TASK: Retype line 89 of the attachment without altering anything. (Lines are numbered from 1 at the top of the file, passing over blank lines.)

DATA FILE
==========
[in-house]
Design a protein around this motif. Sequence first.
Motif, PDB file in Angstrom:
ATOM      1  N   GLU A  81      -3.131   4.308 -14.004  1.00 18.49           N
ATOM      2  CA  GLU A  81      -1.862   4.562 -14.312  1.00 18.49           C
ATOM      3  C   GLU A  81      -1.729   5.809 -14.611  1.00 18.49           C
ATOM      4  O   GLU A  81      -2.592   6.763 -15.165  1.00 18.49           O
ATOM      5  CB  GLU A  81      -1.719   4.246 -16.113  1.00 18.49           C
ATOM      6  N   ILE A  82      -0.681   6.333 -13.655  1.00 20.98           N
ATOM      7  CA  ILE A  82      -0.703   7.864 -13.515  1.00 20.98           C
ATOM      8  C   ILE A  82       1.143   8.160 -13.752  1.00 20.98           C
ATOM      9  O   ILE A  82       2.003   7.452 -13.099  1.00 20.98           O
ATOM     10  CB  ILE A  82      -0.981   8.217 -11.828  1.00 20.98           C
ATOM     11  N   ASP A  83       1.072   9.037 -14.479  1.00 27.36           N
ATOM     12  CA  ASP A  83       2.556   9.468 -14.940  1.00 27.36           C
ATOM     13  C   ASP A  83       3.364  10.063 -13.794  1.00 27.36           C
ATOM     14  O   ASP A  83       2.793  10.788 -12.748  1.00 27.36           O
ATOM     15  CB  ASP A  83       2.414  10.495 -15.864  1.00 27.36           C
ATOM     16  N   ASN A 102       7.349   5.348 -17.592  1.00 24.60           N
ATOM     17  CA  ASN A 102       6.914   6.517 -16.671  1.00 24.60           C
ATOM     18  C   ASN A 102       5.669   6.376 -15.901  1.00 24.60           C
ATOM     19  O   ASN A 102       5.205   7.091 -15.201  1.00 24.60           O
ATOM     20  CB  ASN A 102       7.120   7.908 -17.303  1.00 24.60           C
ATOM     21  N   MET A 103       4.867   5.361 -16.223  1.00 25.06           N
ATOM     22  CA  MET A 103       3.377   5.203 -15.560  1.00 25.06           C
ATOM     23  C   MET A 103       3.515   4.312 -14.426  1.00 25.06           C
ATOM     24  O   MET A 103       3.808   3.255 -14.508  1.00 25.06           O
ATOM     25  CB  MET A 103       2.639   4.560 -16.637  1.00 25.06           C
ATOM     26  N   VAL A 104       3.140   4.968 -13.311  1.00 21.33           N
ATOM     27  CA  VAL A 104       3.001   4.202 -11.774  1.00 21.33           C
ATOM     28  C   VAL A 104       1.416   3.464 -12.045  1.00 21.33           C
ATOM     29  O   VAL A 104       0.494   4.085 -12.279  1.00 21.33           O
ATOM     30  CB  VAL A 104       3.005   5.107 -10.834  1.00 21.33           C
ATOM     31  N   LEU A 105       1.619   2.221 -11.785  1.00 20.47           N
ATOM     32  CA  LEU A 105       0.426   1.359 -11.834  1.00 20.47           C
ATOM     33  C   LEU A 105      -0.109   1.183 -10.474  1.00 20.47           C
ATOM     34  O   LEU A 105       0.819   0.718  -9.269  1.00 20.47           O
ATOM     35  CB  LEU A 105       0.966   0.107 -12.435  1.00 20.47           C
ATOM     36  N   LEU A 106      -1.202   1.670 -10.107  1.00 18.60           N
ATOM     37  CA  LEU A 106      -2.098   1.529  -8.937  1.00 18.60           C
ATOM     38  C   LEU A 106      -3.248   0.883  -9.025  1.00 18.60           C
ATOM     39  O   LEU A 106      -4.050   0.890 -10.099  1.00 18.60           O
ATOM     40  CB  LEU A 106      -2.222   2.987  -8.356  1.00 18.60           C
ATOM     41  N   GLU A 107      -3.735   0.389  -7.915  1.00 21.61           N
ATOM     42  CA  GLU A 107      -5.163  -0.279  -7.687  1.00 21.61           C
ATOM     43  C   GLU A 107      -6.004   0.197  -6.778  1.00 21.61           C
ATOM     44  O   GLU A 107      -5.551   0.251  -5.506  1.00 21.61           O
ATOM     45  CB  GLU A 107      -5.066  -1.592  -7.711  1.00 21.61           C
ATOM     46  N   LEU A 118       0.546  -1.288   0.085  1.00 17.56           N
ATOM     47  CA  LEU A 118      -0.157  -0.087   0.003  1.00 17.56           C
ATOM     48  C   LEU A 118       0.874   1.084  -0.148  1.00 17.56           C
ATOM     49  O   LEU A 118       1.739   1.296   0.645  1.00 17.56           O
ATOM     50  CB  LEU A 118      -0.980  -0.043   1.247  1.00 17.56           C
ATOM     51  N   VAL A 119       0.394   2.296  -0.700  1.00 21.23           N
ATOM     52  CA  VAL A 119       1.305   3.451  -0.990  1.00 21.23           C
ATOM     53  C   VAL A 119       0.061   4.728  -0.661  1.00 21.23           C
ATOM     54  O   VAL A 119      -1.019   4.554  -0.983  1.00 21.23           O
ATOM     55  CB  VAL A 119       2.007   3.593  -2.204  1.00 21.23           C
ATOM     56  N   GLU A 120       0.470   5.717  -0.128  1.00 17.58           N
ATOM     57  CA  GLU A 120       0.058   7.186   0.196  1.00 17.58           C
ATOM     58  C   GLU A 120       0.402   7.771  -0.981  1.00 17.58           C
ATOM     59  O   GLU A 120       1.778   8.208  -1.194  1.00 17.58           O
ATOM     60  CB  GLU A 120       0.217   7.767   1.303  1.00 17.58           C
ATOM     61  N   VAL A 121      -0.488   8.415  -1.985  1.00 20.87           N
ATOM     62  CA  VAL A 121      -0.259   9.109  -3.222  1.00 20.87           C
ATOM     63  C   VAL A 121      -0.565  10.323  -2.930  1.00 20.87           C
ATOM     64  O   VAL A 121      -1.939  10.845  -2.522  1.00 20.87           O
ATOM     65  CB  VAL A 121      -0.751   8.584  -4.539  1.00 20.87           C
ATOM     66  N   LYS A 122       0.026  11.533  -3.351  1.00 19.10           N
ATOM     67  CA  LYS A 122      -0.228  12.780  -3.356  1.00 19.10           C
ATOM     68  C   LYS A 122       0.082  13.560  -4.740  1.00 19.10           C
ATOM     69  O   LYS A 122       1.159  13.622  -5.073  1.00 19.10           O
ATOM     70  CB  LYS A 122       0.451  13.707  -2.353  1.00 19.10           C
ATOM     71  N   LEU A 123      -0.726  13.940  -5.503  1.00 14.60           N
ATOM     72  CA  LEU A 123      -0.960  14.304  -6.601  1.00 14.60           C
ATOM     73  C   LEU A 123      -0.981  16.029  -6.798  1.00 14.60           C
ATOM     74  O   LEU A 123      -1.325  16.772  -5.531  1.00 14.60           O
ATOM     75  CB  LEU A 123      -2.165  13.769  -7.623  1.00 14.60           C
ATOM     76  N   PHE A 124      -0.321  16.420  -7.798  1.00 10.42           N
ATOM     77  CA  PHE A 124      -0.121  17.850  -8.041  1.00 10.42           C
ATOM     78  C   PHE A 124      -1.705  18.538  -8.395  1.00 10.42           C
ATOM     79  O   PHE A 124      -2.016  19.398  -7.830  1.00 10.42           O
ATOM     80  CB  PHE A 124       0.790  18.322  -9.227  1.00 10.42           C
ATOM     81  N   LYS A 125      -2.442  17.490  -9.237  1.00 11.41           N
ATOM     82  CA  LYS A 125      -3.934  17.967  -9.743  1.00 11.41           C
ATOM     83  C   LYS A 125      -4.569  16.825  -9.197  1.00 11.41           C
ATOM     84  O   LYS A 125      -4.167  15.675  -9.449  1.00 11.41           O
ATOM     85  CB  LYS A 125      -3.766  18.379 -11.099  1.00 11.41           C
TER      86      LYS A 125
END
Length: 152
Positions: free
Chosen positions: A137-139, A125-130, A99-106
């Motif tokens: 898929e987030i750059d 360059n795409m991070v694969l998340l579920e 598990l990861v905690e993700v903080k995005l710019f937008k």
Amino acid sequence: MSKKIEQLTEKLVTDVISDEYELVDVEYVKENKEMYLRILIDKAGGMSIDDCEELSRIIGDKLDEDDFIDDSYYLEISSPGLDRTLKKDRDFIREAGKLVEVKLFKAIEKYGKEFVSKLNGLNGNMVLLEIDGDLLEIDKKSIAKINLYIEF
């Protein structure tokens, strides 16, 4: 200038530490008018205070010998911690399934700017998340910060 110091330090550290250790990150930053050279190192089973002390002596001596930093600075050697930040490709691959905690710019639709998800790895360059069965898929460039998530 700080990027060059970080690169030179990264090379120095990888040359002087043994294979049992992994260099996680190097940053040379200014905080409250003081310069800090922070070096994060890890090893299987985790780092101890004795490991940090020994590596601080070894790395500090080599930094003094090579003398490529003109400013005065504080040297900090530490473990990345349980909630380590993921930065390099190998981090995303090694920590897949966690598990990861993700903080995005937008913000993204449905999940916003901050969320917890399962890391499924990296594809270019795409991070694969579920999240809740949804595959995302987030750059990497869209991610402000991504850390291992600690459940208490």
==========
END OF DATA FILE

TER      86      LYS A 125